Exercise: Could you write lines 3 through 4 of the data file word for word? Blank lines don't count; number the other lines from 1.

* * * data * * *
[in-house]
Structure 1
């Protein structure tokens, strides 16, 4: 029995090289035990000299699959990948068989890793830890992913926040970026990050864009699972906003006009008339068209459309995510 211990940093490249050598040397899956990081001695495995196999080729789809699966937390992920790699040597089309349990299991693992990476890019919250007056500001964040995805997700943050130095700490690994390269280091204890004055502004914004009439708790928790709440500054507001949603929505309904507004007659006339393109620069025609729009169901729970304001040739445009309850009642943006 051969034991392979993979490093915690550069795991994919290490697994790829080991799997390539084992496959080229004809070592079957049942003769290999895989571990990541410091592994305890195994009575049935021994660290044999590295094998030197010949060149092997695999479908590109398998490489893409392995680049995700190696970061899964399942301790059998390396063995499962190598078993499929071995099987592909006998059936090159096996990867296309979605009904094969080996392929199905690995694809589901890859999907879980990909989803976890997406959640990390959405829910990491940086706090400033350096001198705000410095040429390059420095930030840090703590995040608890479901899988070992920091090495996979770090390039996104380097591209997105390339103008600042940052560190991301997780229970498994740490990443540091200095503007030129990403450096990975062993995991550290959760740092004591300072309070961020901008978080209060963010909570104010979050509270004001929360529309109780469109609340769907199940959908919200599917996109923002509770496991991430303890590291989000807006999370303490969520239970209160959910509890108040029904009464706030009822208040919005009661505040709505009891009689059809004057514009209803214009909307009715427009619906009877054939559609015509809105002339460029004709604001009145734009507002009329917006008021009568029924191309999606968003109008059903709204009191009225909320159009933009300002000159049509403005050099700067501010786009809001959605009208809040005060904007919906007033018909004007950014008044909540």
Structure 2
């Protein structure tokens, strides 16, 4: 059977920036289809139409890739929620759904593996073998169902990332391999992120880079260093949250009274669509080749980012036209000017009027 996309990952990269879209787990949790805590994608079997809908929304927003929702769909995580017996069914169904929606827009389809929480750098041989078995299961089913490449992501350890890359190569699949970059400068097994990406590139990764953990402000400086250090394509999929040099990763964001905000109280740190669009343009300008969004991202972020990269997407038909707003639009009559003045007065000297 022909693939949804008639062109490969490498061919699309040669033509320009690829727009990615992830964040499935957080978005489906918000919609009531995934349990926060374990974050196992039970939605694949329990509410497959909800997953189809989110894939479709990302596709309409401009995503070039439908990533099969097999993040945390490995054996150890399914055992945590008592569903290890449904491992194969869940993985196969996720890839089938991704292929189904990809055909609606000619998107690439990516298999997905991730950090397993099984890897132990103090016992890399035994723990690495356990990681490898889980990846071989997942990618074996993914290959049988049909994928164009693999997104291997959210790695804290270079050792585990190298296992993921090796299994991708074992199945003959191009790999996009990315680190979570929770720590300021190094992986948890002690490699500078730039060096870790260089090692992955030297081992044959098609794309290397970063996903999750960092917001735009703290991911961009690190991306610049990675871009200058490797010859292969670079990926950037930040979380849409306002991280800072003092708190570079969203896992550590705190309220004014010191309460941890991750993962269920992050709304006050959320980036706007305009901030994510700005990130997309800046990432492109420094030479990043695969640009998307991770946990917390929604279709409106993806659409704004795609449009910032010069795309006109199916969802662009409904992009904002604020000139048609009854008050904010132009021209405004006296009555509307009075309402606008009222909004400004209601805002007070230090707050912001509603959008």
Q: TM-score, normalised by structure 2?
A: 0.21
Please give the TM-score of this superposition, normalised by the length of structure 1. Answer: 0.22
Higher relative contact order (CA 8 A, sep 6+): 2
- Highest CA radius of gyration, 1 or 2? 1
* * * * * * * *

């Protein structure tokens, strides 16, 4: 029995090289035990000299699959990948068989890793830890992913926040970026990050864009699972906003006009008339068209459309995510 211990940093490249050598040397899956990081001695495995196999080729789809699966937390992920790699040597089309349990299991693992990476890019919250007056500001964040995805997700943050130095700490690994390269280091204890004055502004914004009439708790928790709440500054507001949603929505309904507004007659006339393109620069025609729009169901729970304001040739445009309850009642943006 051969034991392979993979490093915690550069795991994919290490697994790829080991799997390539084992496959080229004809070592079957049942003769290999895989571990990541410091592994305890195994009575049935021994660290044999590295094998030197010949060149092997695999479908590109398998490489893409392995680049995700190696970061899964399942301790059998390396063995499962190598078993499929071995099987592909006998059936090159096996990867296309979605009904094969080996392929199905690995694809589901890859999907879980990909989803976890997406959640990390959405829910990491940086706090400033350096001198705000410095040429390059420095930030840090703590995040608890479901899988070992920091090495996979770090390039996104380097591209997105390339103008600042940052560190991301997780229970498994740490990443540091200095503007030129990403450096990975062993995991550290959760740092004591300072309070961020901008978080209060963010909570104010979050509270004001929360529309109780469109609340769907199940959908919200599917996109923002509770496991991430303890590291989000807006999370303490969520239970209160959910509890108040029904009464706030009822208040919005009661505040709505009891009689059809004057514009209803214009909307009715427009619906009877054939559609015509809105002339460029004709604001009145734009507002009329917006008021009568029924191309999606968003109008059903709204009191009225909320159009933009300002000159049509403005050099700067501010786009809001959605009208809040005060904007919906007033018909004007950014008044909540």
Structure 2